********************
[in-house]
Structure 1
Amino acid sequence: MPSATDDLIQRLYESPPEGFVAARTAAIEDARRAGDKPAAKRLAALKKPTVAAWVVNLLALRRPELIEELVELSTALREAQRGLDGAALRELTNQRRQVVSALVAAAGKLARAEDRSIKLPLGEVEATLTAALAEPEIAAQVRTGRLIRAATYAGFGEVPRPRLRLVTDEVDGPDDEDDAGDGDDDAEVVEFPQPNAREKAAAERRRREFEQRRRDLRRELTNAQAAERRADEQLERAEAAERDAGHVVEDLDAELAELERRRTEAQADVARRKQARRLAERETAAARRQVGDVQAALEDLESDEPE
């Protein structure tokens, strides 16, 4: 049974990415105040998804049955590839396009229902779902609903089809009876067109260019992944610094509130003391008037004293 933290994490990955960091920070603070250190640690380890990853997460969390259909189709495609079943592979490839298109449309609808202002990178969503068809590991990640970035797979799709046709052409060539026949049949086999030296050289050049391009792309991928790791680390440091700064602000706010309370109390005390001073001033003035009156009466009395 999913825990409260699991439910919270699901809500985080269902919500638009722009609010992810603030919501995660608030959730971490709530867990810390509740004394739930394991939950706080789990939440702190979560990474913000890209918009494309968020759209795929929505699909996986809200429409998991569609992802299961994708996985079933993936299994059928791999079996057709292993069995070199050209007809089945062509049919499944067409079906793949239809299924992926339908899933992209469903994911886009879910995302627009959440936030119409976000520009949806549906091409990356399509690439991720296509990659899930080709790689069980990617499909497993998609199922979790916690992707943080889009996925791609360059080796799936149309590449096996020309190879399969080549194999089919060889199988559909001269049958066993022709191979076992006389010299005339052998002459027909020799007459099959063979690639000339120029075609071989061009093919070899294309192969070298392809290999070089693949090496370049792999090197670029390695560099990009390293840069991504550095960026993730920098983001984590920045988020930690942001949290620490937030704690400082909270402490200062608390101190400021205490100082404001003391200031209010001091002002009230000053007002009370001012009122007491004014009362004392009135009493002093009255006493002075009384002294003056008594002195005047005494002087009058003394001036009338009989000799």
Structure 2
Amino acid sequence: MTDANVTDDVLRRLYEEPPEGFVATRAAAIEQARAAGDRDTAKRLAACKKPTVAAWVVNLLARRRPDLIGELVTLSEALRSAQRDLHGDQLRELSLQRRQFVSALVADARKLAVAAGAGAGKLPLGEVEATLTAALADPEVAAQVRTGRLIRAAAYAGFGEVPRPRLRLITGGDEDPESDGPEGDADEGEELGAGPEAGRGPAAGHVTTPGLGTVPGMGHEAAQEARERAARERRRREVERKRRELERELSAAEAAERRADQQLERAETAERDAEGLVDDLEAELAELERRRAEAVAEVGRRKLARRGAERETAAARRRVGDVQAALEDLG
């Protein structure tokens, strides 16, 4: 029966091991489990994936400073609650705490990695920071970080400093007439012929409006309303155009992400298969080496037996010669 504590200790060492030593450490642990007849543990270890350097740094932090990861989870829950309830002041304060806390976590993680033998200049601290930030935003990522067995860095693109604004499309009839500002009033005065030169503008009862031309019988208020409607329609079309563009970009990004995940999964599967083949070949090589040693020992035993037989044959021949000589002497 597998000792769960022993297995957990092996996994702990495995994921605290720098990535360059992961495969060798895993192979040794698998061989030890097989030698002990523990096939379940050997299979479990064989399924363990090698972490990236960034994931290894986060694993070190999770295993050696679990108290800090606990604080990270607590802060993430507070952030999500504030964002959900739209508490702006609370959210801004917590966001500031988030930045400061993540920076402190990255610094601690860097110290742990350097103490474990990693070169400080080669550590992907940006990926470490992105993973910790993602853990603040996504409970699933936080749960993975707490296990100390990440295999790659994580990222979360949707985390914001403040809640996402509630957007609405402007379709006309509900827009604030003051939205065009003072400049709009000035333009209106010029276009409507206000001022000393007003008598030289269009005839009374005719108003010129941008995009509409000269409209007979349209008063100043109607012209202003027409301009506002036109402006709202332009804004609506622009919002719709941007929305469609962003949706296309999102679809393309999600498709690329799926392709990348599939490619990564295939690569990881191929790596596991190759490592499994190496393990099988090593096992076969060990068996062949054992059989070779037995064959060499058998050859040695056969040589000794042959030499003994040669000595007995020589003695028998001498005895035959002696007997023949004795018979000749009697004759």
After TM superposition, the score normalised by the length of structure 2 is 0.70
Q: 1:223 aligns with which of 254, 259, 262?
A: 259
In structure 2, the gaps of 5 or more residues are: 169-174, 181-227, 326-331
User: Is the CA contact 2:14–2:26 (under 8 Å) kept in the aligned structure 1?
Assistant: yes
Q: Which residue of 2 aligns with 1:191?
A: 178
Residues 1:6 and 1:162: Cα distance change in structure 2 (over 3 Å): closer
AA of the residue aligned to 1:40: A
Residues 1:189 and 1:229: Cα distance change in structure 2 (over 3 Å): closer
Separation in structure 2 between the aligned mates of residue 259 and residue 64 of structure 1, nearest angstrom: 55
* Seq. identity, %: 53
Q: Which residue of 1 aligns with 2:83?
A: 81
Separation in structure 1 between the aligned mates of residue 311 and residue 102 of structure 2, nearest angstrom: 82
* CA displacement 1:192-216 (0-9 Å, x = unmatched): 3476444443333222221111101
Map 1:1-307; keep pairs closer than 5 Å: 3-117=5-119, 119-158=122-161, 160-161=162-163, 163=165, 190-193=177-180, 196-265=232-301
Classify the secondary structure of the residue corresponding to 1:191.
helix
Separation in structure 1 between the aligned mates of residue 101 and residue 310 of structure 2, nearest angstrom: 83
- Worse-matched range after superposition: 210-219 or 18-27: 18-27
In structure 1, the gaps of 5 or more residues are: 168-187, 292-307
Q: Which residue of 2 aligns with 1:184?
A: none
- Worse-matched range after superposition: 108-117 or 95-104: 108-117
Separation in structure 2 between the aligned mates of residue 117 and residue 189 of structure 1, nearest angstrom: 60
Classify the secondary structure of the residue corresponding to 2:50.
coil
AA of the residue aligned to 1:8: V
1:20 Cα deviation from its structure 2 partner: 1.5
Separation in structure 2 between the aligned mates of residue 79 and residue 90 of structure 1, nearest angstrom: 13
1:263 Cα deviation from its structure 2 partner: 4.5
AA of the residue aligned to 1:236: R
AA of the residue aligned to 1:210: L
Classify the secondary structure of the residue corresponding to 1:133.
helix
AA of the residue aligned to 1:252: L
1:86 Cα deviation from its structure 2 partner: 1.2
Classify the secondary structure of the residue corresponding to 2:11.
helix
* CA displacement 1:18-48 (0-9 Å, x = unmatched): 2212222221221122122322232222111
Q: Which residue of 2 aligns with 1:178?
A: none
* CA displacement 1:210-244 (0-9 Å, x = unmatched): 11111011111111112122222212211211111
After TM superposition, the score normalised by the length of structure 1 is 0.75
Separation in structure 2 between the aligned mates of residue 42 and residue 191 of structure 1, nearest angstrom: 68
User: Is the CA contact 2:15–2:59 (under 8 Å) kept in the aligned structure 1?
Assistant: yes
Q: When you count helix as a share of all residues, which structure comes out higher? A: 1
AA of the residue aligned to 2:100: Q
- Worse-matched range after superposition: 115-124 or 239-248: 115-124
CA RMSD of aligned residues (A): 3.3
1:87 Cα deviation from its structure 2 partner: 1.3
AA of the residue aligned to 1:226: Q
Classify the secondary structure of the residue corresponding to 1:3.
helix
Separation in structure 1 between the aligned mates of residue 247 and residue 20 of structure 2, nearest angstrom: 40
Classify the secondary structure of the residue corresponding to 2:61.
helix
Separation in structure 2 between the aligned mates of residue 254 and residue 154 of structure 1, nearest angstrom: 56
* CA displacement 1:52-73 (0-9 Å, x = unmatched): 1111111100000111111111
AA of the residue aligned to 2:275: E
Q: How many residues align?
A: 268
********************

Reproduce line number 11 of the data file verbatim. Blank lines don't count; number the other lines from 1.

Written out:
In structure 2, the gaps of 5 or more residues are: 169-174, 181-227, 326-331